PRETORIA – Zimbabweans working in South Africa can begin renewing their special work permits next week, Home Affairs minister Malusi Gigaba said yesterday.
“In August I announced the establishment of the Zimbabwean Special Permit (ZSP) of 2014, allowing Zimbabwean holders of this special permit to work, conduct business or study in South Africa for three years, until the end of December 2017,” he said in Pretoria.
“Only the approximately 245 000 holders of the Dispensation for Zimbabweans Project (DZP) are eligible to apply for the ZSP.”
Applications for the ZSP could be lodged from October 1 on the website www.vfsglobal.com/zsp/southafrica.
In June, Gigaba announced that VFS Global, a world-wide outsourcing and technology services specialist for diplomatic missions and governments, had been appointed to manage visa and permit applications in South Africa.
Yesterday he said the company was ready to process Zimbabwean immigrants.
“All the 10 ZSP application centres have been secured by VFS. These include totally new centres in Midrand, Gauteng, Cape Town, Western Cape, Polokwane, Limpopo and Durban, KwaZulu-Natal. The remaining six centres are in George, Port Elizabeth, Kimberley, Bloemfontein, Nelspruit, and Rustenburg,” he said.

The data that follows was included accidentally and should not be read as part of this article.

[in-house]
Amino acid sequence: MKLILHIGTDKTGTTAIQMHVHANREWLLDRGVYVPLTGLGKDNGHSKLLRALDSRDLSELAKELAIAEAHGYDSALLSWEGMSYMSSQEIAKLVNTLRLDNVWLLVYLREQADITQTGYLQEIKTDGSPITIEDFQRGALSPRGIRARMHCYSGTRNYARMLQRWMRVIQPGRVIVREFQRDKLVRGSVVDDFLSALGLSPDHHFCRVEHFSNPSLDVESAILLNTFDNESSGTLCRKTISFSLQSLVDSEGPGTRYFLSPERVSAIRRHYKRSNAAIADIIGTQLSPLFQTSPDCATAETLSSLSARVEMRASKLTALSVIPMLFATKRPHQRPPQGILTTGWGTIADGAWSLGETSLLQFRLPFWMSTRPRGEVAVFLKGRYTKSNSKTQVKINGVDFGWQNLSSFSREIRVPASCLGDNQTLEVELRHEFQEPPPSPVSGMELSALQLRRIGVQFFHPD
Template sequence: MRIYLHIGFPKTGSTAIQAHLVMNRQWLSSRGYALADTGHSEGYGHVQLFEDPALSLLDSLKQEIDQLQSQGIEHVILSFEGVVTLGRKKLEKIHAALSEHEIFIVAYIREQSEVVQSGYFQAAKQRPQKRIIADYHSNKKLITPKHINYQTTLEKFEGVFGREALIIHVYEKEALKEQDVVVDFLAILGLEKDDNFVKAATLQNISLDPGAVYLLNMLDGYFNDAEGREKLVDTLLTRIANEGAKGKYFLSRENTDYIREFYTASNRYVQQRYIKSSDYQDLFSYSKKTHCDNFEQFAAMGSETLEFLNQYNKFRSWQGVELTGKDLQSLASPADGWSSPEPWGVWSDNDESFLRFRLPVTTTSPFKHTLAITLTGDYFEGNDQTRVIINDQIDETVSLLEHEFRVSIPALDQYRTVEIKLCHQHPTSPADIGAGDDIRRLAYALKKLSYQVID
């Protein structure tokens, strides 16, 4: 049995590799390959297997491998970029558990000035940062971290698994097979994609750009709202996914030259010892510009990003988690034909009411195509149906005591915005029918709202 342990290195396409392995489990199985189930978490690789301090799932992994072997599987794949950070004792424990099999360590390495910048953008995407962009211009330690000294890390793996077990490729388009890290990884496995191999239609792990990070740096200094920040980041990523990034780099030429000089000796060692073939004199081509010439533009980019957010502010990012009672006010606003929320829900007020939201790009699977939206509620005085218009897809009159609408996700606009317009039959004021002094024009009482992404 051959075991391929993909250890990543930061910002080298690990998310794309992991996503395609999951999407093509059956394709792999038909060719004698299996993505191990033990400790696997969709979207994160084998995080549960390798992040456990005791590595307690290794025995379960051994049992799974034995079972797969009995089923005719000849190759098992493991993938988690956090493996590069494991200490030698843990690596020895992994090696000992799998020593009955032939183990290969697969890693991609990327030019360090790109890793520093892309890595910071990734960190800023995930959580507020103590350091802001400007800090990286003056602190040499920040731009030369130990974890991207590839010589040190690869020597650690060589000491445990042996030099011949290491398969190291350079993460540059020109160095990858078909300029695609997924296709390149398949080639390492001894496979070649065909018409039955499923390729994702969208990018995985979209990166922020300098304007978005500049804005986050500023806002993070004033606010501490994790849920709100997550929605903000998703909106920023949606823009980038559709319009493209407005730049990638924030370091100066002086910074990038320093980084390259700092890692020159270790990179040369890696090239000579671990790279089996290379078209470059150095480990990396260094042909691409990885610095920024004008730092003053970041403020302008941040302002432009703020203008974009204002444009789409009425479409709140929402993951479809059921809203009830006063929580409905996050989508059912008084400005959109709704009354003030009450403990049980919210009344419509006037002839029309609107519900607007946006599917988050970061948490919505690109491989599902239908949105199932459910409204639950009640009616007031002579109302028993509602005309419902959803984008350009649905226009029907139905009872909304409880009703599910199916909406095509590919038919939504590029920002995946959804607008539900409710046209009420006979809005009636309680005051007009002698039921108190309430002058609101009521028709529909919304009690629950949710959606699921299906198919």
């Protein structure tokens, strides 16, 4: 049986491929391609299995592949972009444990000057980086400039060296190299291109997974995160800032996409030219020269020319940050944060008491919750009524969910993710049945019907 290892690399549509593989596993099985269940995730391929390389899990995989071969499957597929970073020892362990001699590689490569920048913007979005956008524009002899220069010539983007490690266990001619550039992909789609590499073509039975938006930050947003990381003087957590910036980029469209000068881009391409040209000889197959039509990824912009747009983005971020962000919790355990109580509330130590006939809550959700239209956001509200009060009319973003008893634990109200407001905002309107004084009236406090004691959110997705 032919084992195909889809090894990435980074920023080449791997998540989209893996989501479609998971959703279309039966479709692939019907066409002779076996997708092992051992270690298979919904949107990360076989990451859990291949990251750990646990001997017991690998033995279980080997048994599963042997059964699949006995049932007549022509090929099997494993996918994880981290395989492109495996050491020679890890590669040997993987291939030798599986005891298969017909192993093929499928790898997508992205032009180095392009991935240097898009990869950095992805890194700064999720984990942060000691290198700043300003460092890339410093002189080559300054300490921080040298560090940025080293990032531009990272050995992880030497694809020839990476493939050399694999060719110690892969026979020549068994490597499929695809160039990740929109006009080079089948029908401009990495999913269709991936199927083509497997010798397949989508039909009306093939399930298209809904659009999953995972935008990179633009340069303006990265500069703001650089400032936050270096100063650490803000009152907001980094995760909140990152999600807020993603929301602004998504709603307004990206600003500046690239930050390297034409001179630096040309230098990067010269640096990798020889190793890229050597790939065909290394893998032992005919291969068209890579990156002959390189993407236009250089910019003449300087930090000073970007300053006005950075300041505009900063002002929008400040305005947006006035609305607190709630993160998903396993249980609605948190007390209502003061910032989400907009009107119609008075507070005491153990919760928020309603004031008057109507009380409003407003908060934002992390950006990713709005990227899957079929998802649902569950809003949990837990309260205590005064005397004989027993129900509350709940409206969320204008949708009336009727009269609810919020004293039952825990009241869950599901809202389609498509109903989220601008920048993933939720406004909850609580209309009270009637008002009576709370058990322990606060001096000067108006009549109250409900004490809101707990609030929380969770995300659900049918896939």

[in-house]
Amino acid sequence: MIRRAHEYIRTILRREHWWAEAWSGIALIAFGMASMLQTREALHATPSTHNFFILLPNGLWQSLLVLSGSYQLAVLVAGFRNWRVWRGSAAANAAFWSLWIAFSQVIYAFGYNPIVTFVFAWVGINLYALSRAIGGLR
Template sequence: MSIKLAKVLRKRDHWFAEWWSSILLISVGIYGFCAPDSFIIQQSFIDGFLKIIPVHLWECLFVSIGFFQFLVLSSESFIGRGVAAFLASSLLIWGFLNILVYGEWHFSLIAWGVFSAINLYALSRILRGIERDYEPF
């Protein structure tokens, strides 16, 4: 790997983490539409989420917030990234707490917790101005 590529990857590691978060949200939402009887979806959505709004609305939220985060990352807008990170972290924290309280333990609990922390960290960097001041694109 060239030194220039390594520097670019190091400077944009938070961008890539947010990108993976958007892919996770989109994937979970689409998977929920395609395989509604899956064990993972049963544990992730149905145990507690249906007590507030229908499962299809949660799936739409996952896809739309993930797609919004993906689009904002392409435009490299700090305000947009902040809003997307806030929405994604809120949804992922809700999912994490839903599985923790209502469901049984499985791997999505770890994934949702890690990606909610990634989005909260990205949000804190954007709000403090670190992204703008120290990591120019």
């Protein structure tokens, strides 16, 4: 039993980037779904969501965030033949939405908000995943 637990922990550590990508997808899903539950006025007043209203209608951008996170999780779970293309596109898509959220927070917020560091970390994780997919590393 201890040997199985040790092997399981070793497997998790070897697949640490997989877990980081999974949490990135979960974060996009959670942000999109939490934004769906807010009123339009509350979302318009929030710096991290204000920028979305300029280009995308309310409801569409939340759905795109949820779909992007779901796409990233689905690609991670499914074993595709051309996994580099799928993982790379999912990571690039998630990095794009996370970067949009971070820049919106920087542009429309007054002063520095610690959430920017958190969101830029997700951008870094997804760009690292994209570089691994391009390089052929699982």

A total of 120 staff would process ZSP adjudications.
Around 250 000 Zimbabweans were issued four-year work permits under the DZP in 2010.
Gigaba said South Africa was under strain from economic migrants from the Southern African Development Community.
“We were trying to regularise the entry and exit of these nationals into our country.
“Instead of crossing the fences and entering through irregular means they can enter through a recognised port of entry,” he said.
Visitors from the Sadc region had a 90-day visa exemption annually.
“If you stay longer than 90 days in a calendar year you will be considered to have overstayed and you will now be liable for penalties as applying in the (new) immigration regulation,” he said.
“We have been insisting that fellow African countries must collaborate with us by identifying their nationals, provide them with passports and we both manage the movement.”
He said immigration regulations across the region needed to be harmonised so no country carried a disproportionate burden of economic migrants.
Gigaba said the upcoming documentation of Zimbabweans would not be characterised by chaos, as happened in 2010.
“People are going to be invited for interviews. Nobody is going to jump the queue or bribe their way in,” he said.
The applications would cost R870.
“We believe this fee is reasonable when compared to visas and permits of similar duration.”
Zimbabwe experienced a mass exodus of citizens following land seizures and the disputed 2008 elections in which President Robert Mugabe retained office.
The economy was plunged into recession characterised by hyperinflation.